The price of Brent crude ended the week at $86.24 after closing the previous week at $84.41. The price movement aligned with our expectations that the price of Brent crude would move toward $87.00. The price of WTI ended the week at $82.82 after closing the previous week at $80.58. The price of DME Oman ended the week at $87.57 after closing the previous week at $85.08.

what's affecting oil prices

Prices rebounded in the second half of the week with Saudi Arabia announcing that it will extend its voluntary cut of 1.0 million bbl/d through September after oil prices dropped earlier in the week with the news of the downgrade of the U.S. debt by the Fitch, a rating agency.

Oil prices were also supported by the EIA reporting that U.S. crude inventories decreased by 17.05 million barrels (despite the major drawdown, crude inventories are still above the level of the previous year and the level of 2019). U.S. crude production continues to stagnant with U.S. oil production remaining unchanged from the previous week at 12.2 million bbl/d. Last week, the number of operating oil rigs in the U.S. decreased by four and now stands at 525 rigs, which compares to the pre-COVID level of 683 that occurred during the week of March 13, 2020.

There were also several geopolitical developments that occurred last week that have implications for the oil market:

  • While there were peace talks taking place in Saudi Arabia, Ukraine continued with ramping up attacks on territory outside of Ukraine, including the recent attack on Novorossiysk, where Russia has a Black Sea port. It is also near where the Caspian Pipeline Consortium (CPC) operates an oil terminal for transporting oil from Kazakhstan. While the attack only resulted in a temporary ban on the movement of ships in the CPC water area, such an attack highlights the risk of the conflict expanding and having an impact on oil-related infrastructure.
  • Developments in the Arab/Persian Gulf, involving Iran is another conflict that presents risks for oil-related infrastructure. Recently, Iran has armed its Revolutionary Guards’ navy with drones and missiles with a range of 600-miles. Concurrently, the U.S. has offered to place guards on commercial ships going through the Strait of Hormuz.
  • The ongoing coup in Niger, which is a major exporter of uranium ore, does not directly impact the oil market, but it is an example of the risks associated with the significant geopolitical shifts taking place. The U.S. has been supporting Niger’s government and miliary, including the establishment of drone bases. The leaders of the coup are aligned with Russia, which has been expanding its presence in Africa.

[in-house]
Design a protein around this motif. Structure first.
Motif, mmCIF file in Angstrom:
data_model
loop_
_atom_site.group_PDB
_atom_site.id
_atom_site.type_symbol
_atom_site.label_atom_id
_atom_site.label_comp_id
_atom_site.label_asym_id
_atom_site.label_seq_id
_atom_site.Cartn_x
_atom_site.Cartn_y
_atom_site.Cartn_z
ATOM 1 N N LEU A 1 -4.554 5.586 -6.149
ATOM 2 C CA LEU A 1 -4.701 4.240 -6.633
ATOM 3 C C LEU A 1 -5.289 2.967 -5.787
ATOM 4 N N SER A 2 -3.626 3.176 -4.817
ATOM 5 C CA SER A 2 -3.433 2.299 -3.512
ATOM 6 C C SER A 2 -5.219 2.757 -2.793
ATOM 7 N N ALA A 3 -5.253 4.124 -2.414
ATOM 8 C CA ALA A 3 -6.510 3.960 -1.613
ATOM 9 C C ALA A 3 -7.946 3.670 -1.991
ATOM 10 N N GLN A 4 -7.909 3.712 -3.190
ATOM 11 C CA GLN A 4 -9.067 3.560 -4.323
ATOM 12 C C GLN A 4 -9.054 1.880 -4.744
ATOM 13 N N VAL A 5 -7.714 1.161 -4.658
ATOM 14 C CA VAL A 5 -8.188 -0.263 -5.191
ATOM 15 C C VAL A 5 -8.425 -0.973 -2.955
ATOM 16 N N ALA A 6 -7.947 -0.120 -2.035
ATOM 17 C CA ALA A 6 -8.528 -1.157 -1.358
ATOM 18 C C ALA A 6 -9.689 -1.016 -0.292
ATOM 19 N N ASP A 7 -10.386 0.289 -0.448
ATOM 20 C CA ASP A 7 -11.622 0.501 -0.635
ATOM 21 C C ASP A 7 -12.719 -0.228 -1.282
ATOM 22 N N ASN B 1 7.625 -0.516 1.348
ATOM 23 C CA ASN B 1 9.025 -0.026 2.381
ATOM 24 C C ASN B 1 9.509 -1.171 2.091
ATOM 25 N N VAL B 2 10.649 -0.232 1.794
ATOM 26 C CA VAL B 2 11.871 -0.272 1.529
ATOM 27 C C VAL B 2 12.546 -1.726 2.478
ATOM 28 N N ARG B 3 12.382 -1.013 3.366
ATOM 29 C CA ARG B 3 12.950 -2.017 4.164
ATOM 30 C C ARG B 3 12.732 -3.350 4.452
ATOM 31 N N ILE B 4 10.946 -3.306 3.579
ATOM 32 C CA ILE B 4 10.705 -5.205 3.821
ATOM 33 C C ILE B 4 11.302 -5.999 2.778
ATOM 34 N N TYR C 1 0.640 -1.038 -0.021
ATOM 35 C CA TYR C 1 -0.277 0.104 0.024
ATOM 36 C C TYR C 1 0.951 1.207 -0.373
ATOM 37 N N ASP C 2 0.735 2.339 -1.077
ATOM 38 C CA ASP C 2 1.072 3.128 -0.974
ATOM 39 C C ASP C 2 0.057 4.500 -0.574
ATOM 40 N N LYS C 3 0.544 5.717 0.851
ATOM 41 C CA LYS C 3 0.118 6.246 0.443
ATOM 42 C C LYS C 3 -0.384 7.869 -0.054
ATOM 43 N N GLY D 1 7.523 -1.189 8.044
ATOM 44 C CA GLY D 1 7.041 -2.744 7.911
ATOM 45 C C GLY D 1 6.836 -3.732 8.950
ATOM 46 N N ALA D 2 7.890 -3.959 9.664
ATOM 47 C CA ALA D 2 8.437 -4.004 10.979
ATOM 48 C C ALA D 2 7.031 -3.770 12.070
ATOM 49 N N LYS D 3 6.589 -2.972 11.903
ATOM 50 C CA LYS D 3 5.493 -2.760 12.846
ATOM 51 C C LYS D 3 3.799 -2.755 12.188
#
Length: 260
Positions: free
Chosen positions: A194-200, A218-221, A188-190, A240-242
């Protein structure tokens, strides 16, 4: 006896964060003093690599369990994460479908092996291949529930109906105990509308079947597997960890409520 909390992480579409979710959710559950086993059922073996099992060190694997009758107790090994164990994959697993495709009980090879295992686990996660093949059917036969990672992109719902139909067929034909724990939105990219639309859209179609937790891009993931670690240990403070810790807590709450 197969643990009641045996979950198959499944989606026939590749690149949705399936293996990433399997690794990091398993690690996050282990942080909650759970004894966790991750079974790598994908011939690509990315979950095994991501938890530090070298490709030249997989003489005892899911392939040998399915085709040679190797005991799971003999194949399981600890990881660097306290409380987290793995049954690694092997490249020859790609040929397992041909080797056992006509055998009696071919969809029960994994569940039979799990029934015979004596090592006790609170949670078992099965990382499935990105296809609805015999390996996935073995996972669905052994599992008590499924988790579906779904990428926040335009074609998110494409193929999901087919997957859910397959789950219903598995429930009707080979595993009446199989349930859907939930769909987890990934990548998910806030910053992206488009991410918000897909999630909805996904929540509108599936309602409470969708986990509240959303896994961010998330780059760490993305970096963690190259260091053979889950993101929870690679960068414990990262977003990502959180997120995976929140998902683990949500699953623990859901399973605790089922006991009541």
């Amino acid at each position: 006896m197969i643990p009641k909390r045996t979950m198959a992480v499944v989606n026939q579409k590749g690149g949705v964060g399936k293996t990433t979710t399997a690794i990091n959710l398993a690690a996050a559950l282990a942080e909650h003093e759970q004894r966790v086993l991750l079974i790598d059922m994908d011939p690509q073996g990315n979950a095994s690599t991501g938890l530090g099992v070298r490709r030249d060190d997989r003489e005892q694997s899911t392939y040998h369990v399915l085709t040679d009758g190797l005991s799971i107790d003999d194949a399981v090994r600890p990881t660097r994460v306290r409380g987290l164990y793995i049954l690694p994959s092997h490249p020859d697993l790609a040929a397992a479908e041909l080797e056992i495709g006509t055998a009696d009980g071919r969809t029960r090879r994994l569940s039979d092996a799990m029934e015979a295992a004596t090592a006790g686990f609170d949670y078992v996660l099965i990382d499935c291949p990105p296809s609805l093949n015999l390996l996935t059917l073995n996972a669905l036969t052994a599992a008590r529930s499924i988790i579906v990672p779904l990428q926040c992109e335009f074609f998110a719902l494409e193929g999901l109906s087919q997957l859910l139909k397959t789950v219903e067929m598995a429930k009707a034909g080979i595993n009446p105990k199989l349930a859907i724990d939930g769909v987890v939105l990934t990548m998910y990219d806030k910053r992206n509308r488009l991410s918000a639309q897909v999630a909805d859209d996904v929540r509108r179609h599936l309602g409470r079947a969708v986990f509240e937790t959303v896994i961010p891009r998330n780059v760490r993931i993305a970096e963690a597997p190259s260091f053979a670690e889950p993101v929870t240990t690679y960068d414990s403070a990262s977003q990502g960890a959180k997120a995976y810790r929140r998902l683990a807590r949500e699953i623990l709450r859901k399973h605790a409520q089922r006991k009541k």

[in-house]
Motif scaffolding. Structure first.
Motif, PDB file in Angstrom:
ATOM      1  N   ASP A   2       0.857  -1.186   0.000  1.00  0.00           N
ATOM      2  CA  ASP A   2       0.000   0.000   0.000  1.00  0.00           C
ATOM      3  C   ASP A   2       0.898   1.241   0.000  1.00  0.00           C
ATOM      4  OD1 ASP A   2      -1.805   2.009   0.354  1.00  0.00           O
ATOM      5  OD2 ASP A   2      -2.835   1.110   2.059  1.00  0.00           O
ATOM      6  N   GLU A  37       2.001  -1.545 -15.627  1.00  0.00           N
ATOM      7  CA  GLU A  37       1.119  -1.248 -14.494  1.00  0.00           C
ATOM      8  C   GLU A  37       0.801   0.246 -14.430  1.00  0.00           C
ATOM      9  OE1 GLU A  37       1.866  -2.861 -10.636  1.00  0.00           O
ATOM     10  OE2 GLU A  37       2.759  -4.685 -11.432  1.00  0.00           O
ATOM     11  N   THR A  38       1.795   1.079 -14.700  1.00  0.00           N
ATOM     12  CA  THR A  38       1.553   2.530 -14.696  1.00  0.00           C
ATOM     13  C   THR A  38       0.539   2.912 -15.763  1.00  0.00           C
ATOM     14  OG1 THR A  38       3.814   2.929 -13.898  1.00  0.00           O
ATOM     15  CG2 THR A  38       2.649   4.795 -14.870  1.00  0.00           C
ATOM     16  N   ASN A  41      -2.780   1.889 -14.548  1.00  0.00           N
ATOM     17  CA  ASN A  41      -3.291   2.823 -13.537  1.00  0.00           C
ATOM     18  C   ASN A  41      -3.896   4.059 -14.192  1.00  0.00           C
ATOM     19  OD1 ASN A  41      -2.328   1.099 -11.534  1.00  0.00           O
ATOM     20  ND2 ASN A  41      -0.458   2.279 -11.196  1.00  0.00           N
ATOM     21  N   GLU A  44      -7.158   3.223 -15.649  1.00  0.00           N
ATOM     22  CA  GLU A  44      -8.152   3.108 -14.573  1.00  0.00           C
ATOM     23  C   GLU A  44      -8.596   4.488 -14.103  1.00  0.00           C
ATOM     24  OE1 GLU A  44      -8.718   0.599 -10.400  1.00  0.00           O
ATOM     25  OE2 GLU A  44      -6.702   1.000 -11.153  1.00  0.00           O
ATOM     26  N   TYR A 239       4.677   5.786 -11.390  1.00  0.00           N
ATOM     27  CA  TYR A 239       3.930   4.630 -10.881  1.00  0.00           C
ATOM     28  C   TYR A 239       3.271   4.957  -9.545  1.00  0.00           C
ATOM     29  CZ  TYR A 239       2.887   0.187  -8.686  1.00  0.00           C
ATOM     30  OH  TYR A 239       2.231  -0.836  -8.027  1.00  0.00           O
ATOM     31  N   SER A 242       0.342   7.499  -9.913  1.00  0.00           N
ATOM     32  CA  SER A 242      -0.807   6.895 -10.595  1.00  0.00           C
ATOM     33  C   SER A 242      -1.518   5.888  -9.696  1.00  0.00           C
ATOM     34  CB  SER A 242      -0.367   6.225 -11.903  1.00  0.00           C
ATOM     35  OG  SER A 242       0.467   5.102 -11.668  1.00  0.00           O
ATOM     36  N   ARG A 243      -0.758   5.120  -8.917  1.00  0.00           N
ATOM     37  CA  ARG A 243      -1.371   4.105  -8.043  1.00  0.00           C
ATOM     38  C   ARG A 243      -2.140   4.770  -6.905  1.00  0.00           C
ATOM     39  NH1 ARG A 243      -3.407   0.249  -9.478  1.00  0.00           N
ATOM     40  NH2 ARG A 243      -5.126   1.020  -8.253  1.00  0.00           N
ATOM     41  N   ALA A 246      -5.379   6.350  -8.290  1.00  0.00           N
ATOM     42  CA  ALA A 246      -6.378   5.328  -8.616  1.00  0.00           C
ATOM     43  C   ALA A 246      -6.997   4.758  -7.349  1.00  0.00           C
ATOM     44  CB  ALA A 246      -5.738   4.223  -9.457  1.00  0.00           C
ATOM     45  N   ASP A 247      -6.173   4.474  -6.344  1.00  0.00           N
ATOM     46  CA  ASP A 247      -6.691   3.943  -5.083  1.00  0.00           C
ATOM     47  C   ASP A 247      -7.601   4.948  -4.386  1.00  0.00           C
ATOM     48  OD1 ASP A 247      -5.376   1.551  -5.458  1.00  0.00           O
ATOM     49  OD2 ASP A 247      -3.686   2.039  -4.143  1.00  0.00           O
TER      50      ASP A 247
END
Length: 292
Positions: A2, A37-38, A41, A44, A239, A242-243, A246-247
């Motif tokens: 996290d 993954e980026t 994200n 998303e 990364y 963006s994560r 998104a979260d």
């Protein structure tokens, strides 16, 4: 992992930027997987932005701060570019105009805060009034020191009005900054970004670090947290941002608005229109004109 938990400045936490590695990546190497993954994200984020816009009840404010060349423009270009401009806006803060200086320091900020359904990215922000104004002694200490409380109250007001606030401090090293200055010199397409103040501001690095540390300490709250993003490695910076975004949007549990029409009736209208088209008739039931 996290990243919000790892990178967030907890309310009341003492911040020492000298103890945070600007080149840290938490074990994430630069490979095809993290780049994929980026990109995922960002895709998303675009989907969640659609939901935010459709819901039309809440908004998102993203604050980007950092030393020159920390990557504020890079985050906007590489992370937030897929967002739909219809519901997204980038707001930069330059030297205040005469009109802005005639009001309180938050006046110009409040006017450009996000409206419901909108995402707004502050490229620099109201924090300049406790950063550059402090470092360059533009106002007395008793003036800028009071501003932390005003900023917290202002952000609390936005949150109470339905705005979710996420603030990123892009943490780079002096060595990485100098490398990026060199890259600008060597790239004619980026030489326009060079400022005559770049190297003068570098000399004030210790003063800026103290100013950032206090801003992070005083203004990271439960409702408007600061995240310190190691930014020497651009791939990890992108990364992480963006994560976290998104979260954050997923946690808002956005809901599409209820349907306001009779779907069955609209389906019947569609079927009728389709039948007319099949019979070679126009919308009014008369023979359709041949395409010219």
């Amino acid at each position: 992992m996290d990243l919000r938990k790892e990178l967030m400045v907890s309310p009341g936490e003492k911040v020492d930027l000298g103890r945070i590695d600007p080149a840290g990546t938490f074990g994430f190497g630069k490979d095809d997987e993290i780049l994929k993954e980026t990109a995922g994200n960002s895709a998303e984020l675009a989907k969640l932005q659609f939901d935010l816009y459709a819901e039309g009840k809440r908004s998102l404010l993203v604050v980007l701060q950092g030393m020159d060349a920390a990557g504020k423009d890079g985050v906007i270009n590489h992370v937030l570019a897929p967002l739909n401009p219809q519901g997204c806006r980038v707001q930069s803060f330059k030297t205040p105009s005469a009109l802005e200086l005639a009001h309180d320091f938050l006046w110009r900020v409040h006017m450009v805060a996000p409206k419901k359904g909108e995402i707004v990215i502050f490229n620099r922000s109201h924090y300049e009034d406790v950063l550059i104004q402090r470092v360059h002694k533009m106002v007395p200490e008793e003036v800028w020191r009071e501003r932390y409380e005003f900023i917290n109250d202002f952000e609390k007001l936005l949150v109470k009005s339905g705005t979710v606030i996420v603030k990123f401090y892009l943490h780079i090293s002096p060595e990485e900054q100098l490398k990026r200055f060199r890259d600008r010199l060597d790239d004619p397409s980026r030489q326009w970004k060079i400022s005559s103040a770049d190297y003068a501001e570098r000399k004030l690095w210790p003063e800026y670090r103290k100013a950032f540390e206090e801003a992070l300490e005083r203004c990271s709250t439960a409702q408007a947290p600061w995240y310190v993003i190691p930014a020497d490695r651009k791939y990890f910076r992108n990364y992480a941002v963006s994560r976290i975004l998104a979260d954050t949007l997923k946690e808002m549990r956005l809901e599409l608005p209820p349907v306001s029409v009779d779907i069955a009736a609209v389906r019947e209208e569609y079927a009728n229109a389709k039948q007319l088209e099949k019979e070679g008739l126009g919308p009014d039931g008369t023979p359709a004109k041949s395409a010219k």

• A sign of increased tensions between the U.S. (and allies) and China is the U.S. providing another $345 million of military aid to Taiwan, despite China demanding that the U.S. cease such military aid. Additionally, China’s inward foreign direct investment in 2Q declined to the lowest level since 1998 with the U.S. and allies moving to reduce economic connections with China.

For the upcoming week, we are expecting that the price of Brent crude oil will move sideways and will not break about $87.00.

For a complete forecast of refined products and prices, please refer to our Short-term Outlook.

About the Author: John E. Paise, president of Stratas Advisors, is responsible for managing the research and consulting business worldwide. Prior to joining Stratas Advisors, Paisie was a partner with PFC Energy, a strategic consultancy based in Washington, D.C., where he led a global practice focused on helping clients (including IOCs, NOC, independent oil companies and governments) to understand the future market environment and competitive landscape, set an appropriate strategic direction and implement strategic initiatives. He worked more than eight years with IBM Consulting (formerly PriceWaterhouseCoopers, PwC Consulting) as an associate partner in the strategic change practice focused on the energy sector while residing in Houston, Singapore, Beijing and London.